This page created 29 March 2014, and last modified: 28 November 2015 (Passio commentary added added)
In the western half of the empire, the second-most senior unit of the legiones palatina listed (98/9.22 in Ingo Maier's numbering scheme) in the Magister Peditum's infantry roster is the Herculiani seniores; it is assigned (102/5.55) to his Italian command. Its shield pattern (92#3), as shown in various manuscripts under the label (92.c) Herculiani (except O, which gives Herculiani sen.), is as below:
This pattern shows an unusual amount of variation between the various manuscripts, not aided by my suspicion that the Froben imprint may have this pattern swapped with that of the adjacent Ioviani seniores (98/9.21), which also shows significant variations from manuscript to manuscript. It is one of a set of four very similar patterns, belonging to the Ioviani seniores, Herculiani seniores, Ioviani iuniores (9.18), and the Herculiani iuniores (9.19), with the two paired iuniores units being in the east, under the command of the first Master of the Soldiers in the Imperial Presence, and the two paired seniores units in the west under the Magister Peditum. The patterns shown below taken from the Paris manuscript clearly show this relationship:
What is being shown here is probably not an eagle, as such, but the image of a legionary standard in the form of an eagle, since the images of the two iuniores units show clear signs that they are standards (having a wreath held in the eagle's beak in the case of the Ioviani iuniores, and being mounted on a short cross-bar, in the case of the Herculiani iuniores).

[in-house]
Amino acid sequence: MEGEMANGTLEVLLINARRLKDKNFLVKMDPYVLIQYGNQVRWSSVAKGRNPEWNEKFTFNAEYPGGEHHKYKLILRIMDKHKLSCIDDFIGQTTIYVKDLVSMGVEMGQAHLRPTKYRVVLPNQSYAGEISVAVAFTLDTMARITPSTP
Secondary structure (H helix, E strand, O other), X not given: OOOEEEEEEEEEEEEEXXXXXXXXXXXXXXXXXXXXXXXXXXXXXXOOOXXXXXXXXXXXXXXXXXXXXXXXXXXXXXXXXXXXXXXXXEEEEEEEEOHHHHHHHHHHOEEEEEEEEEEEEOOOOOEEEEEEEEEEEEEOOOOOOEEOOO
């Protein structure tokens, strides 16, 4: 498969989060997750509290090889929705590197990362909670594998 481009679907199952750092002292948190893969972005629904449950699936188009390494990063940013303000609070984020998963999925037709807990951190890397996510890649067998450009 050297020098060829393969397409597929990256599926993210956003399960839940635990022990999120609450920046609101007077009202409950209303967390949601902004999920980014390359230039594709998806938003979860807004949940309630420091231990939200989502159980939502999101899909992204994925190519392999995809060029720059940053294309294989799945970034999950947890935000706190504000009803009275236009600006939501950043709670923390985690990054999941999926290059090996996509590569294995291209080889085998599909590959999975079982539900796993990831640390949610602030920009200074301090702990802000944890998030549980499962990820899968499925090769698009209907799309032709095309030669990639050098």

Legionary eagle standards seemed to have taken a variety of forms. Below left is that of Legio III Cyrenaica, as depicted on a denarius of Marcus Antonius struck in 32 BC (picture from http://www.cngcoins.com under CCA 3.0 license). In the middle is that of Legio IIII Flavia from the Portonaccio Sarcophagus of ca. 190 AD (picture from National Museium of Rome under CCA 3.0 license). On the right is that of Legio I Minerva, from Trajan's column (picture by Peter Rockwell, and taken from www.stoa.org).
Unfortunately no legionary aquila has survived to the present day, although a non-legionary Roman eagle has been recovered from Silchester in Britain, minus its wings.
Grigg in a 1979 paper opined that although the "Iovii and Ioviani, for example would be appropriately represented by some form of eagle" (the eagle being an attribute of Jupiter), he stated that the fact that the Herculiani iuniores was also represented by an eagle, and not by a figure of Hercules, was prima facie evidence its pattern as depicted in the Notitia was in error. In a follow-up paper he repeated the claim that a unit named after Hercules should feature either "Hercules or one of his well-known attributes" as its shield pattern, but provided no basis for this bare assertion, and there are powerful arguments against it (see further below).